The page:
[from The Art of Sports / March 15, 2007
Here’s a little known fact: no one actually likes college basketball.
True, the sports-minded individuals in the world will talk about “March Madness” and Cinderella stories. Some may even wonder how awesome it might be if Central Connecticut State could finally bring home the title. What the NCAA tournament (and, if you’re really hardcore about it, the NIT) really serves is a greater purpose.
Brackets are not predictors but reminders. Statements, not guesses. Affirmations of one simple truth that is mostly scorned and admonished the other 50 weeks a year.
Gambling is awesome.
To anyone who argues otherwise I have four words for you: Brigham Young versus Xavier. Or these five: Southern Illinois versus Holy Cross. Real clashes of the titans there, let me tell you. The party line is that the tournament is great because every team has a chance. I like how Kenny Rogers phrased it better: every hand’s a winner, every hand’s a loser.
Life as we know it doesn’t grind to a halt because people love sports. ESPN does not turn into a 24-hour man-love channel fawning incessantly over 19-year-old boys because people love sports. Middle managers do not become small-time bookies because people love sports. Major publications are not printing off handy bracket sheets because people love sports. Casual spectators are not suddenly concerned about the shape of the Virginia Commonwealth University athletic program because people love sports. People don’t suddenly look at Gonzaga as more than just the school their pothead cousin attends (or a hilarious euphemism for mammary glands [“Check out the Gonzagas on that one!”]) because they love sports.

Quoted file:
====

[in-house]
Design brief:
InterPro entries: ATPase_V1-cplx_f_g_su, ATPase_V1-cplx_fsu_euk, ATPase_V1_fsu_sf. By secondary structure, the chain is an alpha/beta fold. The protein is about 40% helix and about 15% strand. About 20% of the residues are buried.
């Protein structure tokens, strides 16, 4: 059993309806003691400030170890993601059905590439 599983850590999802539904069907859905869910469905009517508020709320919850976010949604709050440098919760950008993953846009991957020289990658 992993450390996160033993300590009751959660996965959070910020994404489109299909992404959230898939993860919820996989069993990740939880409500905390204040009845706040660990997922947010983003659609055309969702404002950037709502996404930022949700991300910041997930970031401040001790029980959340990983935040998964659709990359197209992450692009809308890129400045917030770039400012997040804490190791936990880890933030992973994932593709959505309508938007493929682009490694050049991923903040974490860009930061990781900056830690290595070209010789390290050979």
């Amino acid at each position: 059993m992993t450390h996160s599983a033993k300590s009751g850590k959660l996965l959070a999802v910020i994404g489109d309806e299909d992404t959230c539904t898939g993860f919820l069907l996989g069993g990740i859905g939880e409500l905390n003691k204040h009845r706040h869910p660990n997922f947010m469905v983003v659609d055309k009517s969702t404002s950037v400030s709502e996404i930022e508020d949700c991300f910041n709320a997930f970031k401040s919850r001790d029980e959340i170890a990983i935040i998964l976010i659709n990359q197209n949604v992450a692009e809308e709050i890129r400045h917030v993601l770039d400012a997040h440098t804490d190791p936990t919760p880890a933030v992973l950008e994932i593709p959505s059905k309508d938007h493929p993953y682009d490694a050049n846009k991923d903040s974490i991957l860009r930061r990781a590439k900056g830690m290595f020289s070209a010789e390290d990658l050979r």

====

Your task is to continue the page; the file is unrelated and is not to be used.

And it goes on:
These things happen because gambling takes a lazy man’s pastime – watching the game – and adds vice and the promise of free money to it. Ask anyone who’s been to Vegas, or even a riverboat or drunken poker game; money won is twice is sweet as money earned. If college basketball is good for anything, it’s for telling us that over and over again. We can’t all hit the blackjack tables and no one wants to be the zombie chained to a slot machine.
College basketball, much in the same sneaky way that it does everything, has given us all a way around that. We can curse the likes of Winthrop University and talk tough about how some child plays a child’s game and pretend for a moment that we care, all the while hoping against hope that Louisville didn’t get seeded too low and buying into five, six, ten pools to help our chances. You know, for, like, the love of the game.
Oh, and Ohio State can go get fucked.